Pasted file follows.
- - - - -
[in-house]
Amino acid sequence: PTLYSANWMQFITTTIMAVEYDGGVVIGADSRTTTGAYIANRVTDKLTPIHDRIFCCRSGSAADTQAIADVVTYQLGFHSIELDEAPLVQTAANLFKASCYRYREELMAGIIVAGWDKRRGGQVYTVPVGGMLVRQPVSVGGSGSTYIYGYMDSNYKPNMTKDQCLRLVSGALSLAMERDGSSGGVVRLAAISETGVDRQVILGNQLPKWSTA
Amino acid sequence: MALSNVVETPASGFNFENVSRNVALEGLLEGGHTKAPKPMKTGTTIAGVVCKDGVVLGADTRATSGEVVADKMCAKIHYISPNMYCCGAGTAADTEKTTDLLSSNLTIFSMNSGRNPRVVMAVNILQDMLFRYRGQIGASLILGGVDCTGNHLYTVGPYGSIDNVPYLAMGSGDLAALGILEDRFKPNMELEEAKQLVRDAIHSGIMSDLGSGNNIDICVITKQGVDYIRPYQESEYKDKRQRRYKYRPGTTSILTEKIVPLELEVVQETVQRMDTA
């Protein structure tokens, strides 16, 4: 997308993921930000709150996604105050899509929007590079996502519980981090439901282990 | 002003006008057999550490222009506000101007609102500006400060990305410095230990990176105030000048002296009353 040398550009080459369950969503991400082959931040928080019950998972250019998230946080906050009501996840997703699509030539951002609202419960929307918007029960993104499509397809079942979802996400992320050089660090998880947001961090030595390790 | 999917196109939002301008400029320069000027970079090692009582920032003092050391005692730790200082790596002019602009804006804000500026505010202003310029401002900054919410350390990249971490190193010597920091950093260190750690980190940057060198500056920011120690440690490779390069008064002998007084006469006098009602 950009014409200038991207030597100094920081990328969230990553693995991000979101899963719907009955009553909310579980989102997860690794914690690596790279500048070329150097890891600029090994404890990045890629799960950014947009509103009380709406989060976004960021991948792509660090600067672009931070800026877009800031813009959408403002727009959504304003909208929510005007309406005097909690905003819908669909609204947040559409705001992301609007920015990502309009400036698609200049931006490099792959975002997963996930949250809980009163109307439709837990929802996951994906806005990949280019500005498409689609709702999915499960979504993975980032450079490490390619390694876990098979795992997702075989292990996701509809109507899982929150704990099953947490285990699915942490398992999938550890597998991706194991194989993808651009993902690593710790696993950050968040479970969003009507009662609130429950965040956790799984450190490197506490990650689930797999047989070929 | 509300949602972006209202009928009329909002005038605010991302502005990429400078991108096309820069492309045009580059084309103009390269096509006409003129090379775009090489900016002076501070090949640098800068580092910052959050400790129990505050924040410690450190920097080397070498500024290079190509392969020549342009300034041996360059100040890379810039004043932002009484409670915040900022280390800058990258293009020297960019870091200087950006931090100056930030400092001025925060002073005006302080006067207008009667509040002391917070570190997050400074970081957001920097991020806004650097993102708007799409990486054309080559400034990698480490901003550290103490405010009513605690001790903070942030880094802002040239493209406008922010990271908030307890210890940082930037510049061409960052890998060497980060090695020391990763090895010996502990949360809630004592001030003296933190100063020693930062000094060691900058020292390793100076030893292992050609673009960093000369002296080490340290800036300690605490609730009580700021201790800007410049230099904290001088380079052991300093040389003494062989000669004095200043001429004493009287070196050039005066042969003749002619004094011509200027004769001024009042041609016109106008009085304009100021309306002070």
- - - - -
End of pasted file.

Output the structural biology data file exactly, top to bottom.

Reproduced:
[in-house]
Amino acid sequence: PTLYSANWMQFITTTIMAVEYDGGVVIGADSRTTTGAYIANRVTDKLTPIHDRIFCCRSGSAADTQAIADVVTYQLGFHSIELDEAPLVQTAANLFKASCYRYREELMAGIIVAGWDKRRGGQVYTVPVGGMLVRQPVSVGGSGSTYIYGYMDSNYKPNMTKDQCLRLVSGALSLAMERDGSSGGVVRLAAISETGVDRQVILGNQLPKWSTA
Amino acid sequence: MALSNVVETPASGFNFENVSRNVALEGLLEGGHTKAPKPMKTGTTIAGVVCKDGVVLGADTRATSGEVVADKMCAKIHYISPNMYCCGAGTAADTEKTTDLLSSNLTIFSMNSGRNPRVVMAVNILQDMLFRYRGQIGASLILGGVDCTGNHLYTVGPYGSIDNVPYLAMGSGDLAALGILEDRFKPNMELEEAKQLVRDAIHSGIMSDLGSGNNIDICVITKQGVDYIRPYQESEYKDKRQRRYKYRPGTTSILTEKIVPLELEVVQETVQRMDTA
């Protein structure tokens, strides 16, 4: 997308993921930000709150996604105050899509929007590079996502519980981090439901282990 | 002003006008057999550490222009506000101007609102500006400060990305410095230990990176105030000048002296009353 040398550009080459369950969503991400082959931040928080019950998972250019998230946080906050009501996840997703699509030539951002609202419960929307918007029960993104499509397809079942979802996400992320050089660090998880947001961090030595390790 | 999917196109939002301008400029320069000027970079090692009582920032003092050391005692730790200082790596002019602009804006804000500026505010202003310029401002900054919410350390990249971490190193010597920091950093260190750690980190940057060198500056920011120690440690490779390069008064002998007084006469006098009602 950009014409200038991207030597100094920081990328969230990553693995991000979101899963719907009955009553909310579980989102997860690794914690690596790279500048070329150097890891600029090994404890990045890629799960950014947009509103009380709406989060976004960021991948792509660090600067672009931070800026877009800031813009959408403002727009959504304003909208929510005007309406005097909690905003819908669909609204947040559409705001992301609007920015990502309009400036698609200049931006490099792959975002997963996930949250809980009163109307439709837990929802996951994906806005990949280019500005498409689609709702999915499960979504993975980032450079490490390619390694876990098979795992997702075989292990996701509809109507899982929150704990099953947490285990699915942490398992999938550890597998991706194991194989993808651009993902690593710790696993950050968040479970969003009507009662609130429950965040956790799984450190490197506490990650689930797999047989070929 | 509300949602972006209202009928009329909002005038605010991302502005990429400078991108096309820069492309045009580059084309103009390269096509006409003129090379775009090489900016002076501070090949640098800068580092910052959050400790129990505050924040410690450190920097080397070498500024290079190509392969020549342009300034041996360059100040890379810039004043932002009484409670915040900022280390800058990258293009020297960019870091200087950006931090100056930030400092001025925060002073005006302080006067207008009667509040002391917070570190997050400074970081957001920097991020806004650097993102708007799409990486054309080559400034990698480490901003550290103490405010009513605690001790903070942030880094802002040239493209406008922010990271908030307890210890940082930037510049061409960052890998060497980060090695020391990763090895010996502990949360809630004592001030003296933190100063020693930062000094060691900058020292390793100076030893292992050609673009960093000369002296080490340290800036300690605490609730009580700021201790800007410049230099904290001088380079052991300093040389003494062989000669004095200043001429004493009287070196050039005066042969003749002619004094011509200027004769001024009042041609016109106008009085304009100021309306002070």